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Panel unanimously rejects Harwood church bill

Rep. Dick Harwood, R-St. Maries, proposed legislation this morning in the House State Affairs Committee to exempt churches from workers compensation laws, but the committee voted unanimously to return the bill to Harwood for more work. Rep. Lynn Luker, R-Boise, an attorney who handles workers compensation issues, said while he saw merit in Harwood’s intention to exempt churches from the requirement to have worker’s compensation on pastors on separation of church and state grounds, the bill was overly broad, and also would have exempted church secretaries, janitors, and even people who work in church-owned businesses such as thrift shops and farms.

“I’m familiar with this area of the law,” Luker said. “Can you explain to me why this is so broad?” Harwood responded that he thought it wasn’t. “A lot of churches don’t want to pay it, a lot of churches are paying it now and want to remain paying it,” Harwood said. “I don’t believe the state should be the one saying ‘you’re going to.’”

Rep. Anne Pasley-Stuart, a human resources consultant, asked Harwood, “So you do not believe that church workers should be protected from workplace injuries, from injuries suffered on the job?” “Did I say that?” Harwood responded with a smile, as committee members around the table muttered that his bill said that. Harwood said his own church only has 20 or 25 members, and shouldn’t have to buy workers compensation insurance on its pastor if it doesn’t want to. Pasley-Stuart then asked Harwood, “So if something were to happen to your pastor … how then would this be handled?” Harwood responded, “With the insurance we have on the pastor now, and the church would take care of the pastor – that’s what the churches is supposed to do.”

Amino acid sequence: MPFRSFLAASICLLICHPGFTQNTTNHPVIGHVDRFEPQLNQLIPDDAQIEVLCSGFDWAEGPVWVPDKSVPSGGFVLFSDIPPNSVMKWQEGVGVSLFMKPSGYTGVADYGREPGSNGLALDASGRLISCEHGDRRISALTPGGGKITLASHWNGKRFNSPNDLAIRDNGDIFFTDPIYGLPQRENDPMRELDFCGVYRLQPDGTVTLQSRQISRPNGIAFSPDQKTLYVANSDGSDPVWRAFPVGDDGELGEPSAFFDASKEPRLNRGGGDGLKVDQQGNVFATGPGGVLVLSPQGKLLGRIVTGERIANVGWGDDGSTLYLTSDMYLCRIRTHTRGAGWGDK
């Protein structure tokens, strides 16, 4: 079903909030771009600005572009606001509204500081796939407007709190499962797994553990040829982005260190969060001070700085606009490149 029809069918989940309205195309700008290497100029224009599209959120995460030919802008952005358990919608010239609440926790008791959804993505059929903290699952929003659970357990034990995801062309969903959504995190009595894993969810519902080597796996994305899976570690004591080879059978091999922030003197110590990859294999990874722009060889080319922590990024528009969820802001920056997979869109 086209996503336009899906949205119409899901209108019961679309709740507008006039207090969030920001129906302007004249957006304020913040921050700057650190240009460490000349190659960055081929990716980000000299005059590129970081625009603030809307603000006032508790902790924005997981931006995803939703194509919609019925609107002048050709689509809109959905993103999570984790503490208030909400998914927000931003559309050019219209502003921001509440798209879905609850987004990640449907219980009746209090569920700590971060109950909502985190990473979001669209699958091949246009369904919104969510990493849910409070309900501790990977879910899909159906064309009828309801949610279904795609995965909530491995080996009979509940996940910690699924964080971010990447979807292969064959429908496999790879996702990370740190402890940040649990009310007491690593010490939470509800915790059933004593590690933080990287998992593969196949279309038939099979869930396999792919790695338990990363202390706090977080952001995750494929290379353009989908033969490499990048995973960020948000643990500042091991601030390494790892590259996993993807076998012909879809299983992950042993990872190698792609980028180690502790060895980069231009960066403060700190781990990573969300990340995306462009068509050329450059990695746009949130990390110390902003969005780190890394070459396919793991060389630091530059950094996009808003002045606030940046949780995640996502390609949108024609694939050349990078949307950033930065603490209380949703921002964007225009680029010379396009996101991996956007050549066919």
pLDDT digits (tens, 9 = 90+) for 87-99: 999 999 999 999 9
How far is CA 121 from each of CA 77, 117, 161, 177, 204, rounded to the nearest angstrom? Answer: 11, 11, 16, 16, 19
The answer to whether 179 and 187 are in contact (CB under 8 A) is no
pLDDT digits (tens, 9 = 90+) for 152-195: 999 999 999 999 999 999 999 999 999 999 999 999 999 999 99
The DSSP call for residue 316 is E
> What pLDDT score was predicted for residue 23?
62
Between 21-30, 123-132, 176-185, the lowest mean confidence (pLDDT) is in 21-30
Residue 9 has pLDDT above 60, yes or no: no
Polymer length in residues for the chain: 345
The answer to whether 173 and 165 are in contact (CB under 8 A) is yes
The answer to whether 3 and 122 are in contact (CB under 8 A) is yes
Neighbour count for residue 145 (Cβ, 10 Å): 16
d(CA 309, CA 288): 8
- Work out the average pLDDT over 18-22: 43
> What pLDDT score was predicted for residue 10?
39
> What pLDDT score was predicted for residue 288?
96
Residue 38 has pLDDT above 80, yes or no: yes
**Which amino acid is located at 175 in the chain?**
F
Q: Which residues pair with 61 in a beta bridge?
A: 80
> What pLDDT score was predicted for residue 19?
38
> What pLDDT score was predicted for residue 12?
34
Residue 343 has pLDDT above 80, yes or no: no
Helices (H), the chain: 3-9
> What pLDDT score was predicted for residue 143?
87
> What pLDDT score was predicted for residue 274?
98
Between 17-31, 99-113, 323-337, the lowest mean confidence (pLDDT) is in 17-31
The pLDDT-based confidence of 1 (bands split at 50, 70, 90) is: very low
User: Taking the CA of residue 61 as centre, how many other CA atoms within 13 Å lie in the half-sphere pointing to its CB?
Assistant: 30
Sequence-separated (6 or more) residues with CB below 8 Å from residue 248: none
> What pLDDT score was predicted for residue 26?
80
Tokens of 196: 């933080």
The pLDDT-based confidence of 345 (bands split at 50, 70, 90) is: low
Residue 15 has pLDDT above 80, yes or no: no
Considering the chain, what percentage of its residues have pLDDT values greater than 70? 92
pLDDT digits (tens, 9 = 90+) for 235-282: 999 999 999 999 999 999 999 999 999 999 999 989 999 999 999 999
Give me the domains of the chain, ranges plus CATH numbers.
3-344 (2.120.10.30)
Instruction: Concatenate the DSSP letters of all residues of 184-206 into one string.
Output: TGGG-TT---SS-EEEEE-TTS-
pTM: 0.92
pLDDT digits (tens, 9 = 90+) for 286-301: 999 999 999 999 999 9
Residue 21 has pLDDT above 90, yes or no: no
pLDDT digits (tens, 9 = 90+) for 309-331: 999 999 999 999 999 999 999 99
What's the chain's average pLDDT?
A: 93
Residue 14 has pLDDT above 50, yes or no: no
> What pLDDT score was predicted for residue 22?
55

He told the committee, “We don’t allow the church to tell the state what to do. … The state is coming in … saying you mandatorily got to do this. It’s a double-edged sword when you’re talking about separation of church and state. If you want separation of church and state, then that’s what we should do.”

Luker said he’d be willing to work with Harwood on a narrower version of the bill, because requiring churches to cover pastors or ministers does “get into a religious issue.” But he also noted that Idaho’s workers compensation insurance rates are based both on the salary of the worker and how hazardous the job is: “Frankly, I don’t think the premium on a pastor is going to be that much, because it’s not a hazardous occupation.”


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Betsy Z. Russell covers Idaho news from The Spokesman-Review's bureau in Boise.

Named best state-based political blog in Idaho for 2013 by The Fix

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